Search Results: "Isaac Bashevis Singer"


BOOK REVIEW

PASSIONS by Isaac Bashevis Singer
FICTION & LITERATURE
Released: Oct. 6, 1975

"Many of these stories have appeared in the New Yorker."
The seventh collection of Singer's short stories, again centered on the lives of Yiddish-speaking Polish Jews in Europe and the Americas before and after the holocaust—but here the "whims and passions" which destroy, illuminate, and possess a life, often slip into a supernatural dimension. Read full book review >

BOOK REVIEW

JOSEPH AND KOZA by Isaac Bashevis Singer
Released: Sept. 29, 1970

"In sum, the exhibit format is unwarranted as well as impractical."
A Michelangelesque setting for a simple story of how Joseph, a goldsmith of Jerusalem, brought the word of God to Mazovia, a Polish realm on the Vistula, challenging the practice of human sacrifice, discrediting the witch Zla and the evil spirits she invokes, and gaining the love of Koza, the Chieftain's beautiful daughter who was to have been offered to the river. Read full book review >

BOOK REVIEW

THE COLLECTED STORIES OF ISAAC BASHEVIS SINGER by Isaac Bashevis Singer
FICTION & LITERATURE
Released: April 8, 1982

"So, with its brief, sly yet tender introduction (the collection is dedicated to the memory of editor Rachel MacKenzie), this will draw in Singer devotees for repeat readings; and it is an essential acquisition, of course, wherever those previous collections are not available."
Forty-seven stories from Singer's 100-plus canon would more appropriately be called "Selected Stories" than "The Collected Stories"—but, if slightly mislabeled, this splendid gathering does indeed embrace the ever-surprising variety of Singer's steady short-story artistry over the past 30 years. Read full book review >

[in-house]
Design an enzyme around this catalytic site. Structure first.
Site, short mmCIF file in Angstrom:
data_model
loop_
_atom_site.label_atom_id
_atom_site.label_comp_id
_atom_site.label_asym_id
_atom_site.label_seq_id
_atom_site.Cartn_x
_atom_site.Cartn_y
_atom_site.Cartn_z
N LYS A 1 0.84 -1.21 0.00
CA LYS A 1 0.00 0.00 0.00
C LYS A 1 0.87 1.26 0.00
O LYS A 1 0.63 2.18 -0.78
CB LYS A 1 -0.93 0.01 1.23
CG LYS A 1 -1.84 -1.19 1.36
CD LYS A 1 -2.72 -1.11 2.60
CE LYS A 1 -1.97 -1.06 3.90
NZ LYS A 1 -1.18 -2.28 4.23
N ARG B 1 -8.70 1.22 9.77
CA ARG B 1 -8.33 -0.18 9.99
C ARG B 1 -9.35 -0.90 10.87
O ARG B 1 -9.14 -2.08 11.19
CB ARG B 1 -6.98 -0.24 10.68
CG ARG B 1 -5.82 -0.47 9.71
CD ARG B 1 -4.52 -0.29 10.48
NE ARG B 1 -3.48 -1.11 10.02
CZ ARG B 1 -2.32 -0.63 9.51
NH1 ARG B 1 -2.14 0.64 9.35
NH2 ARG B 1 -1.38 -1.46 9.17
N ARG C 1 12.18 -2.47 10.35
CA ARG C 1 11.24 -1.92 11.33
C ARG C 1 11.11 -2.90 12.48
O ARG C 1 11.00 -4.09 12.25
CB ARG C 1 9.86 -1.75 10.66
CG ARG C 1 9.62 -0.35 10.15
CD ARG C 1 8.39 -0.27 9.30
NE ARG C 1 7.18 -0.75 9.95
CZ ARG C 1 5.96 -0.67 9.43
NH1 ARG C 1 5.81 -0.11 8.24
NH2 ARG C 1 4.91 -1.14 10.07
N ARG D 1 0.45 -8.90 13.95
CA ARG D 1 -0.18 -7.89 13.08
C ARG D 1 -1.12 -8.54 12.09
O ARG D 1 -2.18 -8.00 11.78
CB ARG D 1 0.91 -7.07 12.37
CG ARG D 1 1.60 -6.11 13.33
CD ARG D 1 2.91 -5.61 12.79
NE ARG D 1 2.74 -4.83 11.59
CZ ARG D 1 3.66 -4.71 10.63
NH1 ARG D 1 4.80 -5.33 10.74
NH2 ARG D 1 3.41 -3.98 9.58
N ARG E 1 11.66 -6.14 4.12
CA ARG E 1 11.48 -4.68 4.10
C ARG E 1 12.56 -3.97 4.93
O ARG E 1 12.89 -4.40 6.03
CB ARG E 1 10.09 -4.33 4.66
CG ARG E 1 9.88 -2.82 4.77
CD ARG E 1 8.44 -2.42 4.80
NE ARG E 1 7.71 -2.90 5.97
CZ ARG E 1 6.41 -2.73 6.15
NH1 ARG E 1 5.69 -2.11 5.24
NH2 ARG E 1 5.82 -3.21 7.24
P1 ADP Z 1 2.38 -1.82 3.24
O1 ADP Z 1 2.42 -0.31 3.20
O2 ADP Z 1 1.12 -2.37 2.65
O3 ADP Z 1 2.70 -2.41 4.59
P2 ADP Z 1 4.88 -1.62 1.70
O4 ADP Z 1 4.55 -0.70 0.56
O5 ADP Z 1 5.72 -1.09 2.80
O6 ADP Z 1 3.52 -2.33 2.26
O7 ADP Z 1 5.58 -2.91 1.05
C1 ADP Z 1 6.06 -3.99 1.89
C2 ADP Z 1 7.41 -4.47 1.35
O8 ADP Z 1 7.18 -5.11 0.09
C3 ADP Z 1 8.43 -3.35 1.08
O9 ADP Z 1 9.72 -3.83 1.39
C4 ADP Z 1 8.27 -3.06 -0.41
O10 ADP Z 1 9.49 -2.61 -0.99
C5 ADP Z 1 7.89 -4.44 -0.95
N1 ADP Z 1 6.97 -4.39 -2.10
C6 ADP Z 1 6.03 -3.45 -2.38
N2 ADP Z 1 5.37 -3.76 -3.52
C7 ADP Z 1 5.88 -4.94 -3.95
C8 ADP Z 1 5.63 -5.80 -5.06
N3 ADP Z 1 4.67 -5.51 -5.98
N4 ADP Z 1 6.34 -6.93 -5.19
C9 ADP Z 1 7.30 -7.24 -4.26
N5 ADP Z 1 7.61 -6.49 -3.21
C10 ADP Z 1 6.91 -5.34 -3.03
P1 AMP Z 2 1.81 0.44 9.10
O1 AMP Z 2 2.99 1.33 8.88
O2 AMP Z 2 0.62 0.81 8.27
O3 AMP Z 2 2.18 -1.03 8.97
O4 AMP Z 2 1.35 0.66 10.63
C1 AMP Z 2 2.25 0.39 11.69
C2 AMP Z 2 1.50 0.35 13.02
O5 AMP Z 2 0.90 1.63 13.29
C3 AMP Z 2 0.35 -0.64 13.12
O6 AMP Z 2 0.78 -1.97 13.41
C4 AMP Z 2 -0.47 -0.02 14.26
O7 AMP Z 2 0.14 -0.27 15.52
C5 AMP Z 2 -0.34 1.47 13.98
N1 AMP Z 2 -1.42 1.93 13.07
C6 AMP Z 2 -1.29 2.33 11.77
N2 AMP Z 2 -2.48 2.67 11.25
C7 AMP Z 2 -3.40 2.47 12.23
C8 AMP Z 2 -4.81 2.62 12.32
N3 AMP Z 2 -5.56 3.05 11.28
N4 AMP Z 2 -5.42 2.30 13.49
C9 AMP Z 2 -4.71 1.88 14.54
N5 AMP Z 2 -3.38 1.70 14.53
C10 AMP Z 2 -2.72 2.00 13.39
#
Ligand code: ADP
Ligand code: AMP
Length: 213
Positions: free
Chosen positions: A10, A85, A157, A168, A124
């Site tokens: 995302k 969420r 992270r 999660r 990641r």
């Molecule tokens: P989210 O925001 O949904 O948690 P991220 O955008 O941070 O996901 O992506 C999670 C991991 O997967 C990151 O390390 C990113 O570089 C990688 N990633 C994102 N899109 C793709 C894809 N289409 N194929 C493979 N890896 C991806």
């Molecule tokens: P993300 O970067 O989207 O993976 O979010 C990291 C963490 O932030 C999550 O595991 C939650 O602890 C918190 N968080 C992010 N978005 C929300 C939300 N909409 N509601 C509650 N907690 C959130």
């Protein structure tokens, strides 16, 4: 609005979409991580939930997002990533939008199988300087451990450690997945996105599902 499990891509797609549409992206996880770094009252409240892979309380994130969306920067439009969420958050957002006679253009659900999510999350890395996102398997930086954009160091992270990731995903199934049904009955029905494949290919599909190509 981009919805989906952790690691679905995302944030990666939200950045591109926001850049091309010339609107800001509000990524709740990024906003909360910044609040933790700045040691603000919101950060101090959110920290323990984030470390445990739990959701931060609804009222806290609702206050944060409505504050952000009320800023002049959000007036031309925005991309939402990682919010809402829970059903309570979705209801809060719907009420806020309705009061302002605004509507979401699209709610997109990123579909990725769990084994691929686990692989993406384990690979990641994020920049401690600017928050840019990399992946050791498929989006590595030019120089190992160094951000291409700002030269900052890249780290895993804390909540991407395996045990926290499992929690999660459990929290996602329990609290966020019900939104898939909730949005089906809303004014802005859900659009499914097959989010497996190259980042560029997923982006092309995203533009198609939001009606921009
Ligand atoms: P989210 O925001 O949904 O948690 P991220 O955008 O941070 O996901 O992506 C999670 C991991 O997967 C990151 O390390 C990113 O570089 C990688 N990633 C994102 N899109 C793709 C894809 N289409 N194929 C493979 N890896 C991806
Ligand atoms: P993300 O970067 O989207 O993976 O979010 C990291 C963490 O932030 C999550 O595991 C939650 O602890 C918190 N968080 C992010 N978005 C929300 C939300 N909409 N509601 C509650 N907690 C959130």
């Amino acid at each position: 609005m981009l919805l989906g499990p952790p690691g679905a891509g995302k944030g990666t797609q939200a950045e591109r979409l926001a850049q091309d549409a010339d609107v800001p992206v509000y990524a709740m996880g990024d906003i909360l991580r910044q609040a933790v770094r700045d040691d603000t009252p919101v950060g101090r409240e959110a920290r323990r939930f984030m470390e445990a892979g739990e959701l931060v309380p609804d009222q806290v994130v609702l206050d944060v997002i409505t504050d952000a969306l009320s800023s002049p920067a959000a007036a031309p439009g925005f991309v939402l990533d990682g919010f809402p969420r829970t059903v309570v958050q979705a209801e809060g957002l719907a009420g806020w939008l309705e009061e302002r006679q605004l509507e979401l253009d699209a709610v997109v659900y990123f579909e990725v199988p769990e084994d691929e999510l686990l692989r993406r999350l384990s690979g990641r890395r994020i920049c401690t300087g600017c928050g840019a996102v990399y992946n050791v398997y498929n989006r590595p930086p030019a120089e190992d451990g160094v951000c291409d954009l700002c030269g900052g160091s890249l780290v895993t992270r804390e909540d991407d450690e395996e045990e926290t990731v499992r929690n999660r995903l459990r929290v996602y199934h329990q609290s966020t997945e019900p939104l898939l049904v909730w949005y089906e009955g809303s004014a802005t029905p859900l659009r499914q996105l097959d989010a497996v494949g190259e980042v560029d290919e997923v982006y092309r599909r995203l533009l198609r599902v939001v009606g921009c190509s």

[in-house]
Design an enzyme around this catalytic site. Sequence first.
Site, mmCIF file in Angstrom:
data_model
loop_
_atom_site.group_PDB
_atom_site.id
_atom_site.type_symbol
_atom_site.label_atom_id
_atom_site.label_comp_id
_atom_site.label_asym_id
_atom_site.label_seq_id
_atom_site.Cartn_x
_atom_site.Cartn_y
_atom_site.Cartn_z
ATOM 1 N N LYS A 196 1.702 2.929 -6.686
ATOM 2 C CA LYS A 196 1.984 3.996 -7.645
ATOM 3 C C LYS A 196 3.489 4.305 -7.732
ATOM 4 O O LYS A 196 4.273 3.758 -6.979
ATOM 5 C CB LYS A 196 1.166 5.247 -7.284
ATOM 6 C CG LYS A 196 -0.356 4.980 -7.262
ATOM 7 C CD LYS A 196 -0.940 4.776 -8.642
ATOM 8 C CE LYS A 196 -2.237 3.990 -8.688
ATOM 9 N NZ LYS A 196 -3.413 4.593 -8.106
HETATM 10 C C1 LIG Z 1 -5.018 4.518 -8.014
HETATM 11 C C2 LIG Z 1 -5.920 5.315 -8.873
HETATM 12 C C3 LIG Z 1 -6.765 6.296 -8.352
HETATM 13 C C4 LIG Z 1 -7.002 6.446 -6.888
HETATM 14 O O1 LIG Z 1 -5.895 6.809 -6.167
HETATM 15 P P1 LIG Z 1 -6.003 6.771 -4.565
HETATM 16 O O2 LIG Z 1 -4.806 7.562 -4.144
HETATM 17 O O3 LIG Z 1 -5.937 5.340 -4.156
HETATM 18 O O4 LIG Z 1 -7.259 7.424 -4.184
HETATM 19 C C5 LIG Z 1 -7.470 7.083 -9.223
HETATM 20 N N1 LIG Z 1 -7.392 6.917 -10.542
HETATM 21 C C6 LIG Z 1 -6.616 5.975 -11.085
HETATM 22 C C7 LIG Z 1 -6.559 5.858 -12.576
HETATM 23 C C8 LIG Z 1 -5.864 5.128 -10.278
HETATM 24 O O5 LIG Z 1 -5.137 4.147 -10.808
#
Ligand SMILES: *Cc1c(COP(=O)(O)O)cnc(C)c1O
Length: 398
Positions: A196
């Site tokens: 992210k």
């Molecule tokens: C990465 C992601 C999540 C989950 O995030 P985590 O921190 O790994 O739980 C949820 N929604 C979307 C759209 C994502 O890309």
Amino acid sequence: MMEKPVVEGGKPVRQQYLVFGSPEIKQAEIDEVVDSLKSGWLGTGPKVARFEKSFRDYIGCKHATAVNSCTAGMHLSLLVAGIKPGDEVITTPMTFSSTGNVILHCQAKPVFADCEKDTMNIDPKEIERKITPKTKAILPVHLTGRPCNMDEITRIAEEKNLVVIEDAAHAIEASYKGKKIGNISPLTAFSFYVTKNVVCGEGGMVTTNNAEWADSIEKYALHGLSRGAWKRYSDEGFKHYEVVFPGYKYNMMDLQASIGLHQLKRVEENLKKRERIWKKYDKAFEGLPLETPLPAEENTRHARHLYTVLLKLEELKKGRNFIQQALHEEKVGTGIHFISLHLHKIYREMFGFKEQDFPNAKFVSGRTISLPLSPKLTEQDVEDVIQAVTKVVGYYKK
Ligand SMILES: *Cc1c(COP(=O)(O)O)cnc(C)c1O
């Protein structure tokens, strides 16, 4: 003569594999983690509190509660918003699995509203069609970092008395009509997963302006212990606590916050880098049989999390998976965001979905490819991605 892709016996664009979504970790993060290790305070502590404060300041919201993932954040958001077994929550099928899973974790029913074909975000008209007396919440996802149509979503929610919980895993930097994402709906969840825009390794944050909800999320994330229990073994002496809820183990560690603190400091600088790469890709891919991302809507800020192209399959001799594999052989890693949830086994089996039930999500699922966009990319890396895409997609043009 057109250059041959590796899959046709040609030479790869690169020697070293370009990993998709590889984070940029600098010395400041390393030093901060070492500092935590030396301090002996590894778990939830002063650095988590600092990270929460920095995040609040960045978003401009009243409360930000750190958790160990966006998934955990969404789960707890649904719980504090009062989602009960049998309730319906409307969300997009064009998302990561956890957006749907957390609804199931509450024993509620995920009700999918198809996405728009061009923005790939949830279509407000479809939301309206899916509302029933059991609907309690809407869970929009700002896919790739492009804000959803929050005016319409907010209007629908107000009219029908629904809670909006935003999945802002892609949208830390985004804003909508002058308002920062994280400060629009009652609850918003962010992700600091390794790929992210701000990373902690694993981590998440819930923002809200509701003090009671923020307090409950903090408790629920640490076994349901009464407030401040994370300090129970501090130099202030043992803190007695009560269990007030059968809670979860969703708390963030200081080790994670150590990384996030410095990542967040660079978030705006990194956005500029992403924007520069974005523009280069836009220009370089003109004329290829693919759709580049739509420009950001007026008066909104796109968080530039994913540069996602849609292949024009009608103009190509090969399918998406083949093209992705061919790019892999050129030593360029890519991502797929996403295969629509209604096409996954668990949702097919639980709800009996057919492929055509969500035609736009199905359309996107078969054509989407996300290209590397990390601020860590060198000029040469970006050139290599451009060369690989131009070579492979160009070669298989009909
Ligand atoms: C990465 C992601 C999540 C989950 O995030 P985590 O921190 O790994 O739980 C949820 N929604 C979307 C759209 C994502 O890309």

BOOK REVIEW

ENEMIES, A LOVE STORY by Isaac Bashevis Singer
FICTION & LITERATURE
Released: June 26, 1972

"Enemies appeared in 1966 in The Jewish Daily Forward."
It is a measure of Singer's strength that he is able to utilize what is essentially a familiar farcical situation — a man married to three wives — to scour the empty room of one human soul pursued by the echoes of real and terrible enemies. Read full book review >

BOOK REVIEW

OLD LOVE by Isaac Bashevis Singer
FICTION & LITERATURE
Released: Nov. 1, 1979

"A varied, bountiful, exuberant collection, then — and a perfect introduction for neophytes to the whole range of Singer's short-story artistry."
When do 18 very good stories add up to more than just 18 very good stories? Read full book review >

BOOK REVIEW

LOST IN AMERICA by Isaac Bashevis Singer
NON-FICTION
Released: June 5, 1981

"And despite the nonstop laments, this sharp, shapely memoir bounces along quite merrily—with the wicked, ironic grace of three or four overlapping Singer stories."
The Nobel Laureate continues his selective, semi-fictional memoirs—"contributions to an autobiography I never intend to write"—with a third, large-print volume illustrated by Raphael Soyer. Read full book review >

BOOK REVIEW

Released: Oct. 20, 1981

"Like the others, it's a testament of faith—'Nothing but a miracle could have saved him, so a miracle occurred'—but without the ironies, the fabulous imaginings, the fingertip observations of Singer at his best."